Keywords: opioids; LH; oestradiol-17β; progesterone; ewes

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R. E. Short, A. N. Brooks, A. R. Peters and G. E. Lamming

Summary. Injections of an opioid agonist (bremazocine) and/or an antagonist (quadazocine) were given to heifers during the luteal or follicular phase of the oestrous cycle. Quadazocine was injected (210 mg/injection) three times at 2-h intervals, and bremazocine was injected (0·45 mg/injection) every 15 min for 6 h. Blood samples were taken every 15 min beginning 6 h before treatments started and continued for 18 h.

LH secretion patterns were not affected by quadazocine in the luteal-phase heifers, but quadazocine and bremazocine had marked effects during the follicular phase. Quadazocine increased LH secretion by increasing peak height but not peak frequency. Bremazocine decreased LH secretion through both peak height and frequency. This decrease was of greater magnitude than the increase due to quadazocine. When quadazocine and bremazocine were given together, these effects were cancelled and none of the effects carried over into the bleeding period after treatments stopped. No apparent interruption of follicular maturation was detected since all follicular-phase heifers were detected in oestrus at normal intervals. We conclude that heifers in this experiment did not have an opioid-mediated mechanism for progesterone suppression of LH but that an opioid mechanism for modulating LH does exist during the follicular phase.

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A series of experiments was conducted to investigate the effect of basal feed level and increased feed intake during oestrus on ovulation rate, early embryo survival, and residual pituitary LH potency in the pig. All the gilts used were fed 1·8 kg food/day from puberty to second heat. Gilts whose food intake was reduced from 1·8 kg to 1·4 kg/day following second heat had more atretic follicles at third heat and had fewer CL and fewer embryos at Day 20 of gestation, than control gilts fed 1·8 kg throughout, but these differences were not significant. Increasing the feed intake of gilts fed only 1·4 kg between second and third heat to 3·6 kg on Day 1 of oestrus only resulted in CL counts intermediate between those of the other two groups. The number of mature and atretic follicles during oestrus was not affected. Anoestrus was more frequent in gilts whose feed intakes were reduced to 1·4 kg/day. Residual pituitary LH potency was higher in gilts receiving only 1·4 kg feed/day than in gilts fed 1·8 kg/day. Increasing feed intake to 3·6 kg on Day 1 of oestrus significantly (P<0·05) reduced residual pituitary LH potency in animals previously fed 1·4 kg/day, but had no significant effect on animals previously fed 1·8 kg/day.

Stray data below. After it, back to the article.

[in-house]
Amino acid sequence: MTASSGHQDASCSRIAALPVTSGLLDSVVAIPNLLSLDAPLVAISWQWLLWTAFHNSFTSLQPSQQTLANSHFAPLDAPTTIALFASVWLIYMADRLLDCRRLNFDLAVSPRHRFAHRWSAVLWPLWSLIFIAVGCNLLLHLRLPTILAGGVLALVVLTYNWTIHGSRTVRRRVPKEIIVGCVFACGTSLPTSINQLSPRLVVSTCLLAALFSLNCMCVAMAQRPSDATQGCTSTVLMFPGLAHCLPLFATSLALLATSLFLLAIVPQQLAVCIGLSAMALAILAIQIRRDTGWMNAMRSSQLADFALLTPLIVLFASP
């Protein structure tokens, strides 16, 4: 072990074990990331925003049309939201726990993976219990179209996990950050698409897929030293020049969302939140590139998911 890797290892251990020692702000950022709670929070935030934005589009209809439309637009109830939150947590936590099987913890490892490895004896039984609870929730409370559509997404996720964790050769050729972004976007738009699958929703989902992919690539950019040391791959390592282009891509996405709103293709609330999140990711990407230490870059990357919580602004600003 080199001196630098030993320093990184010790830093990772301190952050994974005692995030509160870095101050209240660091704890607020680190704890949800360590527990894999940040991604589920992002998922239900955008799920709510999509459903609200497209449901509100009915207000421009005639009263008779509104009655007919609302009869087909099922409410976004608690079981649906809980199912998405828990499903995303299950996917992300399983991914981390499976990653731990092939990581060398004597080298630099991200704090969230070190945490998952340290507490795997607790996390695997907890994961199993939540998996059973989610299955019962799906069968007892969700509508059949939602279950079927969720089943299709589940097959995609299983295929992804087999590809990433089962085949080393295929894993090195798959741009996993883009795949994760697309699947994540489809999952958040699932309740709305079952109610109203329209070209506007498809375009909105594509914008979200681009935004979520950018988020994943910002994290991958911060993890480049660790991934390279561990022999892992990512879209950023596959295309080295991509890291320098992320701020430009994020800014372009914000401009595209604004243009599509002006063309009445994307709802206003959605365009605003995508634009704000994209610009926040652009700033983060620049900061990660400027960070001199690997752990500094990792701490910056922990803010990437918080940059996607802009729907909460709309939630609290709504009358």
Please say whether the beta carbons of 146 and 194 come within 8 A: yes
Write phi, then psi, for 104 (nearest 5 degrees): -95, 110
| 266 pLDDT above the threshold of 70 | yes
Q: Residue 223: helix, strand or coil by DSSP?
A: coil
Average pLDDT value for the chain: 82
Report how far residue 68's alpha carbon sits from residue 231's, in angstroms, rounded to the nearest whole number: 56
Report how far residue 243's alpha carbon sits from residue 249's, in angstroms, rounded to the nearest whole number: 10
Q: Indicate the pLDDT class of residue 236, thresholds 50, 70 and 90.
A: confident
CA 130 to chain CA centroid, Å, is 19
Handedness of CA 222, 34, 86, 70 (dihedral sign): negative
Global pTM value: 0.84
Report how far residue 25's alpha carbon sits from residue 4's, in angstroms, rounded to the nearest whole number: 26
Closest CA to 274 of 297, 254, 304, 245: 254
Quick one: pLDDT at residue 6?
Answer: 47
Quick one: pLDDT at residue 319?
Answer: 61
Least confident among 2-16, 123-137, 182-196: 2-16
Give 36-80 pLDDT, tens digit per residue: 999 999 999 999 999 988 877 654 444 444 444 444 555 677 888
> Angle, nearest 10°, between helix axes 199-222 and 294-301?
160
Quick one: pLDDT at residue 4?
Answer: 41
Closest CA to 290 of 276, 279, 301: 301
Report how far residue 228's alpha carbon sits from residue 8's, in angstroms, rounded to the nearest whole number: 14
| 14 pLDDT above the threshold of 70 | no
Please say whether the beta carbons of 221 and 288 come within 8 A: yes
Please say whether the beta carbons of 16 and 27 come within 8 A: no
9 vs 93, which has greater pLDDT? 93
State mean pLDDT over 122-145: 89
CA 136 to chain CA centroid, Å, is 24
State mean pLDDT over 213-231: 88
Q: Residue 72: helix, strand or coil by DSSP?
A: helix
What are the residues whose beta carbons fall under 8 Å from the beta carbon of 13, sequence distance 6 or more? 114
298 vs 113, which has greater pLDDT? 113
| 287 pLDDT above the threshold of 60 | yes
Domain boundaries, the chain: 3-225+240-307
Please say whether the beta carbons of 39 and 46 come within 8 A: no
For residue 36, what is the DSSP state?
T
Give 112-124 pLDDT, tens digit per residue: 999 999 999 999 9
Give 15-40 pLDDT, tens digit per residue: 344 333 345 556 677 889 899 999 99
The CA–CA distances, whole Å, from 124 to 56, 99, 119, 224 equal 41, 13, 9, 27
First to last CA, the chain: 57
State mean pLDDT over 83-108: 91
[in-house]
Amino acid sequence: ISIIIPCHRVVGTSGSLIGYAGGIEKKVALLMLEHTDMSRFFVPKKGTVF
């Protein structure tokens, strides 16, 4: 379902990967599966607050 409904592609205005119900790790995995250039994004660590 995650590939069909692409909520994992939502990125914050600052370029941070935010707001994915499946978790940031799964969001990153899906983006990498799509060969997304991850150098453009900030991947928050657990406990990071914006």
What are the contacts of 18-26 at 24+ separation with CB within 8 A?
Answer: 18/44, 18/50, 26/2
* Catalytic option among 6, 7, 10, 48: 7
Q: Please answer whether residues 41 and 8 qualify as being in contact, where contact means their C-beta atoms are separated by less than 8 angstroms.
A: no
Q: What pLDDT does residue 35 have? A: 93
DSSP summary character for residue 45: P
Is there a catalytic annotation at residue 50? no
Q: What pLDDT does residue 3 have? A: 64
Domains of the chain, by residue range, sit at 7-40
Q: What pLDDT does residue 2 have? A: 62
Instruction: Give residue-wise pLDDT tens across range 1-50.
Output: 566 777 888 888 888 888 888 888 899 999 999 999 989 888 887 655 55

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K A Brennan, G S Gopalakrishnan, L Kurlak, S M Rhind, C E Kyle, A N Brooks, M T Rae, D M Olson, T Stephenson and M E Symonds

Epidemiological and animal studies strongly indicate that the environment experienced in utero determines, in part, an individual’s likelihood of developing cardiovascular disease in later life. This risk has been further linked to impaired kidney function, as a result of compromised development during fetal life. The present study therefore examined the influence of maternal nutrient restriction (NR), targeted at specific periods of kidney development during early to mid gestation, on the mRNA abundance of receptors for glucocorticoid (GCR), growth hormone (GHR) and insulin-like growth factors-I (IGF-IR) and -II (IGF-IIR), and the IGF-I and -II ligands. This was undertaken in both singleton and twin fetuses. At conception ewes were randomly allocated to either an adequately fed control group or one of four nutrient-restricted groups that were fed half the control amount from 0 to 30, 31 to 65, 66 to110 or 0 to110 days gestation. At 110 days gestation all ewes were humanely euthanased and fetal kidneys and surrounding adipose tissue sampled. There was no effect of NR or fetal number on kidney weight, shape or nephron number, but the surrounding fat mass was increased in singleton fetuses exposed to NR for 110 days. An increase in kidney mRNA abundance with NR only occurred in singleton fetuses where IGF-IR mRNA was enhanced with NR from 66–110 days gestation. In twin fetuses, NR had no effect on mRNA abundance. However, for all genes examined mRNA expression was lower in the kidneys of twin compared with singleton fetuses following NR, and the magnitude of the effect was dependent on the timing of NR. In conclusion, the abundance of mRNA for receptors which regulate fetal kidney development are lower in twin animals compared with singletons following periods of nutrient deficiency. This may impact on later kidney development and function.